The U.S. Court of Appeals for the Eleventh Circuit, applying Florida law, has held that a securities exclusion in a private company directors and officers insurance policy broadly barred coverage for all claims in an underlying lawsuit brought by former shareholders of an insured company arising out of the sale of their shares.  Colorado Boxed Beef Co., Inc. v. Evanston Ins. Co., No. 19-10326, 2019 WL 2479321 (11th Cir. June 13, 2019).

In the underlying action, former shareholders of the insured company asserted a number of claims based on the company’s sale of their shares pursuant to a stock purchase agreement.  The shareholders’ complaint included allegations of self-dealing/corporate theft, but those allegations were not asserted in support of standalone claims.  The company’s D&O insurer denied coverage for the underlying action on the grounds that the policy’s securities exclusion applied.  The exclusion barred coverage for claims “[b]ased on, arising out of or in any way involving (i) the actual, alleged or attempted purchase or sale, or offer or solicitation of an offer to purchase or sell, any debt or equity securities; or (ii) the actual or alleged violation of any federal, state, . . . or common . . . law relating to . . . debt or equity securities.”  The insured company filed a declaratory judgment action, arguing that the allegations of self-dealing or corporate theft could stand alone as claims for covered wrongful acts under the policy.  The district court disagreed, finding that these allegations are “part and parcel” of the claims barred by the securities exclusion.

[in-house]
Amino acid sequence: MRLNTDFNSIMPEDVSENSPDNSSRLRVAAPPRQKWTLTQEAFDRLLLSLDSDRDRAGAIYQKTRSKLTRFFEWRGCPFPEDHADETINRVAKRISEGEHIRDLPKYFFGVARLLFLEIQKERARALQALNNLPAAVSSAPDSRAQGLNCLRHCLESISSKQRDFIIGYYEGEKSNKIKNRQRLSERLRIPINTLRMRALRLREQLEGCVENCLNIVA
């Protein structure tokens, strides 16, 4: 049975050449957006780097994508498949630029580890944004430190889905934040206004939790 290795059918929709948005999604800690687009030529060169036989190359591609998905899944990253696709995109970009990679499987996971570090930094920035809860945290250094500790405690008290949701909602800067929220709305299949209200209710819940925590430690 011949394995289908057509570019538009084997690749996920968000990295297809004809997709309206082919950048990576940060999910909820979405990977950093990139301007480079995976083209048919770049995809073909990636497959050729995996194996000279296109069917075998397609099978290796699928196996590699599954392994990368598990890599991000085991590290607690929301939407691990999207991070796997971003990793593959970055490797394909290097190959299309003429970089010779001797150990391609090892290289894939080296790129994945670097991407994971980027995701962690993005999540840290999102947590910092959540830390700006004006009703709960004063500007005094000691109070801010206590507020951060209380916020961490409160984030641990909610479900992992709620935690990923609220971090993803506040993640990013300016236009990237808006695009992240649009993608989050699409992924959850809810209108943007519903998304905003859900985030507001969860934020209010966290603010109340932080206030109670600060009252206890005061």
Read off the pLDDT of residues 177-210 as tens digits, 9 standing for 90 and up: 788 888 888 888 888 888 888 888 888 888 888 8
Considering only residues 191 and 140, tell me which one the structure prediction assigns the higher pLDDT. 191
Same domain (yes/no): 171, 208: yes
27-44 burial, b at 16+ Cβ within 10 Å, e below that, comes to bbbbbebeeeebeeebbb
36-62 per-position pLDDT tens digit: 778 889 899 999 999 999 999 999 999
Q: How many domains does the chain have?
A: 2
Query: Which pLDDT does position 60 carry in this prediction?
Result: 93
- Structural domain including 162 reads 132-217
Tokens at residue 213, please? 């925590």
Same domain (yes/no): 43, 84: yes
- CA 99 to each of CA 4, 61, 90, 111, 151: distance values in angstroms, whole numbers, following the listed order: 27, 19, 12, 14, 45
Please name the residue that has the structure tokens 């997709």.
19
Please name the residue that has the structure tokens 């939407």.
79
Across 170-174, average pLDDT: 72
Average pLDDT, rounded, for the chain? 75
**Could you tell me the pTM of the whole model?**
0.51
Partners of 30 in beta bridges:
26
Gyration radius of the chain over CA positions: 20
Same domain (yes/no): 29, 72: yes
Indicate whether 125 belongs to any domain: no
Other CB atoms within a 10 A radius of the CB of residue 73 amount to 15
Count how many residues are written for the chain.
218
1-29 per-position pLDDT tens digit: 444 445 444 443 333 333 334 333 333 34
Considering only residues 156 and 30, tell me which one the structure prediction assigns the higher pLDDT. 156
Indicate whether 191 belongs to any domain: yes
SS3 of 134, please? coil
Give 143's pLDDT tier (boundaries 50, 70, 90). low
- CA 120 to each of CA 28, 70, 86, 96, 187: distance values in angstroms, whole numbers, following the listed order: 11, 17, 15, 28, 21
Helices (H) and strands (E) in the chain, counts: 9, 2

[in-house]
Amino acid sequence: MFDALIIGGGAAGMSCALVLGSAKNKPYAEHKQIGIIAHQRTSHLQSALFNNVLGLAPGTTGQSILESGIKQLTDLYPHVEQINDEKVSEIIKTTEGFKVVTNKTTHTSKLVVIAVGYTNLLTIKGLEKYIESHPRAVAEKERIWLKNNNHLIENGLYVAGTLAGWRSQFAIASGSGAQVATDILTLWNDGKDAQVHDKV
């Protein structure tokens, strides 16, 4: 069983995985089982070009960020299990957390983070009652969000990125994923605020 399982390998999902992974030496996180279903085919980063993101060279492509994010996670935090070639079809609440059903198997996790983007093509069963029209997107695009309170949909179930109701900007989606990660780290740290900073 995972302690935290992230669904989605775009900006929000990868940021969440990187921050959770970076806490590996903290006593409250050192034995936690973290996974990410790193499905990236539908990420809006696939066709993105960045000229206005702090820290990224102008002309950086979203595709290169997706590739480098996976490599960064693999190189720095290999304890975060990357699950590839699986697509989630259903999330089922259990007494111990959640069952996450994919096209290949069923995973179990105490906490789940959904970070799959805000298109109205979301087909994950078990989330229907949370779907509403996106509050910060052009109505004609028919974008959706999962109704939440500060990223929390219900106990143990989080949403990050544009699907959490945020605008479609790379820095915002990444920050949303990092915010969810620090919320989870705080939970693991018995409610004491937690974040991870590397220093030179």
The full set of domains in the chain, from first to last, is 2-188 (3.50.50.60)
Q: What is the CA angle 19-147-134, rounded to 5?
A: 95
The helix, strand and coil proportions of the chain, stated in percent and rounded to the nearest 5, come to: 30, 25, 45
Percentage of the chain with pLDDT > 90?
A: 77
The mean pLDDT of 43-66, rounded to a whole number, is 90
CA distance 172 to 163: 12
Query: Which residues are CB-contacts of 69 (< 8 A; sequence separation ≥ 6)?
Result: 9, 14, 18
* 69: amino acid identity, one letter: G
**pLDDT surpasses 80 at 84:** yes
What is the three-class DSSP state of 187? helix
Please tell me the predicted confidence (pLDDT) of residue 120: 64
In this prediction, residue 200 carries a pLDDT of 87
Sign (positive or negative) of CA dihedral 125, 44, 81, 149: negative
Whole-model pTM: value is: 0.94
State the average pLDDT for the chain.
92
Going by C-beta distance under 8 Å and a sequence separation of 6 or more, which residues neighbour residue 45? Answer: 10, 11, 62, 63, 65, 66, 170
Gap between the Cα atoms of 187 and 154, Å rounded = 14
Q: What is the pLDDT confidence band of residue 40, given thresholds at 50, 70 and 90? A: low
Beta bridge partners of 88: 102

The Eleventh Circuit affirmed on appeal, agreeing with the district court that any references to self-dealing in the underlying complaint “aris[e] out of” the sale of securities, and therefore the securities exclusion barred coverage for the underlying action as a whole.